Last week, Clarke and Vosburgh expressed a desire to move forward with the forfeiture efforts. Robertson voted against the effort, and Straight suggested consideration of a solution that does not call for Shearon to be removed from office.

If Monday’s vote produces a 2-2 stalemate, the forfeiture of office efforts will not proceed, according to City Attorney Ricinda Perry.

Perry said Shearon will not chair Monday’s meeting or any future meetings pertaining to this matter, nor will he be allowed to join the four commissioners on the dais or cast a vote in the decision making process pertaining to his future as mayor.

Regardless of what happens Monday, Shearon will continue to chair regular city commission meetings and work sessions for as long as he remains in office.

If the commission decides to move forward with the forfeiture efforts, procedural decisions must soon be made, including the declaration of specific non-criminal charges to be levied against the mayor.

The role of the city attorney also must be determined. According to one commissioner, it is likely that Perry would be asked to gather evidence and submit evidentiary findings without providing the commission with a legal conclusion.

If the forfeiture process continues beyond Monday, Shearon will be given the opportunity to defend himself against any charges made, and he will have the right to hire an attorney at his own expense.

The hearing process would also allow for additional public input moving forward.

Board OKs use of beach concession funds

BRADENTON – Manatee County commissioners last week approved a resolution establishing guidelines for using the surplus beach concession revenues.

“It sets forth a process by which those revenues can be used for projects benefitting the Island,” County Attorney Bill Clague explained.

He said guidelines include a joint letter from the three Island mayors with a description of the project and an interlocal agreement between the county and cities. The project must be a one-time project that benefits the Island, all three cities must agree on it and they must apply to the county for project approval.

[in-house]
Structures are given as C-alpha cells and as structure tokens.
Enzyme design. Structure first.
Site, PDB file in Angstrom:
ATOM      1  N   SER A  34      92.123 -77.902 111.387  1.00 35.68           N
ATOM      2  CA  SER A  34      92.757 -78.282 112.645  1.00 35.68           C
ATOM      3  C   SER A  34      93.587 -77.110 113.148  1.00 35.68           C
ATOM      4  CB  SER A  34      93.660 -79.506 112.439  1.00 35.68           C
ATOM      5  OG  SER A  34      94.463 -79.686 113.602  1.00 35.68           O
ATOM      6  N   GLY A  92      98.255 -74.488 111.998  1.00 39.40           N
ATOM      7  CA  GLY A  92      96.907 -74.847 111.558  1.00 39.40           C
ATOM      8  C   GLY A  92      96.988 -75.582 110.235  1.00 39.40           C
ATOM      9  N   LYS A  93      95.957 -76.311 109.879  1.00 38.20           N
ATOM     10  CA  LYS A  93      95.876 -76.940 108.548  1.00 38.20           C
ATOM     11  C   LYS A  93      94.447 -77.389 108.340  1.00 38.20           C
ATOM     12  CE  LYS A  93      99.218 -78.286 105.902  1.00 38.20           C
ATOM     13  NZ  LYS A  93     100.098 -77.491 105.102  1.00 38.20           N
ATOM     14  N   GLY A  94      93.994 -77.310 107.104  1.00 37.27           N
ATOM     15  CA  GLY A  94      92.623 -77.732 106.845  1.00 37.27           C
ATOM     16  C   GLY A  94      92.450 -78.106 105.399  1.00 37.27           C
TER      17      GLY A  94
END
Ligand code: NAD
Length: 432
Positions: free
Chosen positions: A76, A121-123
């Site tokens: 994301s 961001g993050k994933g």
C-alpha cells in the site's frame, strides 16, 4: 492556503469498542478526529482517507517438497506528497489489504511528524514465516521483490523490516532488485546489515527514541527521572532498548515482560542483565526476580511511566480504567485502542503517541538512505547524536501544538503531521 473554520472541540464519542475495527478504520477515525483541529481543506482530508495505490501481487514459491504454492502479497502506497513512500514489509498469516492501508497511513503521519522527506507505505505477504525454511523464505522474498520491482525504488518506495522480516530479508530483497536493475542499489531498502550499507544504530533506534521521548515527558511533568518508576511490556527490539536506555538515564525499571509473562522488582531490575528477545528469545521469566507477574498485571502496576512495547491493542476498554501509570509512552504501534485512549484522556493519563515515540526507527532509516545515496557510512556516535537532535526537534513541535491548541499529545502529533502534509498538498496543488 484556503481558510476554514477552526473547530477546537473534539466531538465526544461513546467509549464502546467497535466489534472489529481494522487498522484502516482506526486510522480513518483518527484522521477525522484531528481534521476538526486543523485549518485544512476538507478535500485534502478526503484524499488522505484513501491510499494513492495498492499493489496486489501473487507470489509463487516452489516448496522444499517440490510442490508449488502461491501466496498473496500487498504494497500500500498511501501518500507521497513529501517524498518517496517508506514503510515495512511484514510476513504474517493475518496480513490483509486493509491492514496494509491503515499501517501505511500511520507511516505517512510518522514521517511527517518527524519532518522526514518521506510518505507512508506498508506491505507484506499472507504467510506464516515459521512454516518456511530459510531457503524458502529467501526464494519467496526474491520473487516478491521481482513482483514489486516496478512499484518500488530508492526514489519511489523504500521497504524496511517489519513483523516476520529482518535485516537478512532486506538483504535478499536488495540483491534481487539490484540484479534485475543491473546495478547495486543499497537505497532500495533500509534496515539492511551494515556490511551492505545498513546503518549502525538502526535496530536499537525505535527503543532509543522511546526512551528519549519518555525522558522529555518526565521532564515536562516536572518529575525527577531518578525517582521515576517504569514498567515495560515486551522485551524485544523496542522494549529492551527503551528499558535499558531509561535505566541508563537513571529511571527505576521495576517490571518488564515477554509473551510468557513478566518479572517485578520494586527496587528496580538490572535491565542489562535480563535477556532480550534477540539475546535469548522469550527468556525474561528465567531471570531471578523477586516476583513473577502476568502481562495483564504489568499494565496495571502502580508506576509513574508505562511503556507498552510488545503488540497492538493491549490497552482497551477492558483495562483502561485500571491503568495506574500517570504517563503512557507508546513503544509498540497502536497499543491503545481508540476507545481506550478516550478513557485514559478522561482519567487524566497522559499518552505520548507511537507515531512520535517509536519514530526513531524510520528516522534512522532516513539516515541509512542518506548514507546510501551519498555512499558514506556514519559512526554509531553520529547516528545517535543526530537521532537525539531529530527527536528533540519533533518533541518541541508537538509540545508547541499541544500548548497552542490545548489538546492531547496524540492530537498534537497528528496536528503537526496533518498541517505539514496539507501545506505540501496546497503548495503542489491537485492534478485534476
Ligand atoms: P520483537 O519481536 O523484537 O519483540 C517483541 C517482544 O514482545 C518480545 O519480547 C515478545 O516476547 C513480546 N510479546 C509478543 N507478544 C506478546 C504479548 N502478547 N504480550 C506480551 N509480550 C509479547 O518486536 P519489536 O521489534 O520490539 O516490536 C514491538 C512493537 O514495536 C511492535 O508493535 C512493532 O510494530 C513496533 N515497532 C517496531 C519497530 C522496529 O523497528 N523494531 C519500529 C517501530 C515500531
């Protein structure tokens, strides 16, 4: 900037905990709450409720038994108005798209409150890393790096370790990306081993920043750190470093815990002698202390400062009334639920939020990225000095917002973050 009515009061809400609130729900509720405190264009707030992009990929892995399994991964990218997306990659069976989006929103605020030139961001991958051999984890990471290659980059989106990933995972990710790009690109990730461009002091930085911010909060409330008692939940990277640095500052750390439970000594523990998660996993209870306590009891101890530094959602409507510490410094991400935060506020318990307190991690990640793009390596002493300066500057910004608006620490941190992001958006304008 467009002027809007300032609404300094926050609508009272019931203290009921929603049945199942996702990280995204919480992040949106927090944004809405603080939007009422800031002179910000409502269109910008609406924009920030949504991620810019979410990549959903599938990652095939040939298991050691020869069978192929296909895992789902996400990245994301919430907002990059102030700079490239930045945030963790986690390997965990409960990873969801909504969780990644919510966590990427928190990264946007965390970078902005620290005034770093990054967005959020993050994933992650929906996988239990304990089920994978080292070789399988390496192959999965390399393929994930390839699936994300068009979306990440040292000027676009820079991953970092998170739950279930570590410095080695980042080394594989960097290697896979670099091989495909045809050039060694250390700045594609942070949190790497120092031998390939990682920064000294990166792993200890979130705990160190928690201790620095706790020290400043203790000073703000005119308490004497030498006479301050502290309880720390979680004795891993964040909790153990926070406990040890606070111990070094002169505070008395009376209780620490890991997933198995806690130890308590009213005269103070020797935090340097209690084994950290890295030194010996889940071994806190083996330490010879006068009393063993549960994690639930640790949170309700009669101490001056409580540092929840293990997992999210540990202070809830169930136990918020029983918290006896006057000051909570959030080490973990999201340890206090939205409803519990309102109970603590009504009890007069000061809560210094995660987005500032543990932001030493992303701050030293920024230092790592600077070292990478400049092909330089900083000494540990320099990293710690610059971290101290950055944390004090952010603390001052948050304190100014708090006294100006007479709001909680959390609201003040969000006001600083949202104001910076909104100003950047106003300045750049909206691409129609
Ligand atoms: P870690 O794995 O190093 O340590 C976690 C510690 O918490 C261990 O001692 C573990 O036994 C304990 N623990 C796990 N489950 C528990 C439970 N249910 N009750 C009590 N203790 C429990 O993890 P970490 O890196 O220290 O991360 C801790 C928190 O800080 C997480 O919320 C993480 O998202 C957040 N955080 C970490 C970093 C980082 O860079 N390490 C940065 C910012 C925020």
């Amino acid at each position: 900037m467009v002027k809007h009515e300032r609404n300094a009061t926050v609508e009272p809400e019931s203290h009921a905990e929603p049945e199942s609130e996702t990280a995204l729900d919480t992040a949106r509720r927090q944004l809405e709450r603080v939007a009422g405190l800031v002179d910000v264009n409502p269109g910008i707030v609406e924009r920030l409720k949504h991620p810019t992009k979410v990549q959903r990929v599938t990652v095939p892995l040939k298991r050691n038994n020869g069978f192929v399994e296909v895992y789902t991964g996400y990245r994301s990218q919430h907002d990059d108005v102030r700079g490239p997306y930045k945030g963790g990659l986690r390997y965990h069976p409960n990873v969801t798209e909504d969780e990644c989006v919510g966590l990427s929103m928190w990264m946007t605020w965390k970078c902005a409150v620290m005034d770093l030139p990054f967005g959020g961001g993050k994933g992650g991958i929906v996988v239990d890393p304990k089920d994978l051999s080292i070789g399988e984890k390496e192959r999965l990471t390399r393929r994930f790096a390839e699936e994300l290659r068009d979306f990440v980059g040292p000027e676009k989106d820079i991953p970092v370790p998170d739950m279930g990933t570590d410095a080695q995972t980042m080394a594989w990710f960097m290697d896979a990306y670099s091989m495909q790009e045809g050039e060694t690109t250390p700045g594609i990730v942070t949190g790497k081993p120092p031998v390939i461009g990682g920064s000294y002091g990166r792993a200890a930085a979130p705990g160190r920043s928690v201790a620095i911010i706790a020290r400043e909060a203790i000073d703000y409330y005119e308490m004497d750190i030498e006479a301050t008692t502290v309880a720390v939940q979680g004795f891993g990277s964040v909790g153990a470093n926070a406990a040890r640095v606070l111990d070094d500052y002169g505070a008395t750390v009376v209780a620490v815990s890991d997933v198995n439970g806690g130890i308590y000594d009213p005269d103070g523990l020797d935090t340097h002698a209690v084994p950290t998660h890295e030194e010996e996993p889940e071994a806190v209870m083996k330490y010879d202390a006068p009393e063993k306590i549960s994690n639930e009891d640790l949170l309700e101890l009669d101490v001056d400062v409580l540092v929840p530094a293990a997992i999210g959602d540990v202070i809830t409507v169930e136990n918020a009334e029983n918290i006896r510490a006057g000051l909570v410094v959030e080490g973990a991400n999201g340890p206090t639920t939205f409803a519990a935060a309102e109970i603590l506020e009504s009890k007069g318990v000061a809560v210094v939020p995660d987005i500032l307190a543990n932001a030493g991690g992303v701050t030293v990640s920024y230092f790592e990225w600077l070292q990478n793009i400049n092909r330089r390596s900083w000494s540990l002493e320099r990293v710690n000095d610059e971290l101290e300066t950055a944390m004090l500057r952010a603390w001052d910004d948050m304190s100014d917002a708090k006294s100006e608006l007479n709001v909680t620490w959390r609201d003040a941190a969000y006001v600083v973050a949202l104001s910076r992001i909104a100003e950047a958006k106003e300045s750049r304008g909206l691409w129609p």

No matching funds

Anna Maria Mayor SueLynn said the city is in agreement with the changes, but takes issue with the requirement for the cities to provide matching funds.

“We feel like there are millions of dollars that the county receives through a variety of ways, including the tourist development tax, that it feels like we’re having to double back and use that money we have already given,” she explained.

“We would like to see the match removed, or if you want to keep the language, qualify how much is required.”

Bradenton Beach Mayor Bill Shearon agreed, and Holmes Beach Mayor Carmel Monti was unable to attend the meeting.

County Commissioner Mike Gallen asked if it is more advisable not to have a strict definition of the amount because the cities “may handcuff themselves.”

“It’s an issue of fiscal policy,” Clague replied. “The idea is they would provide a percent of the cost. That creates a greater incentive for both parties to keep costs down.”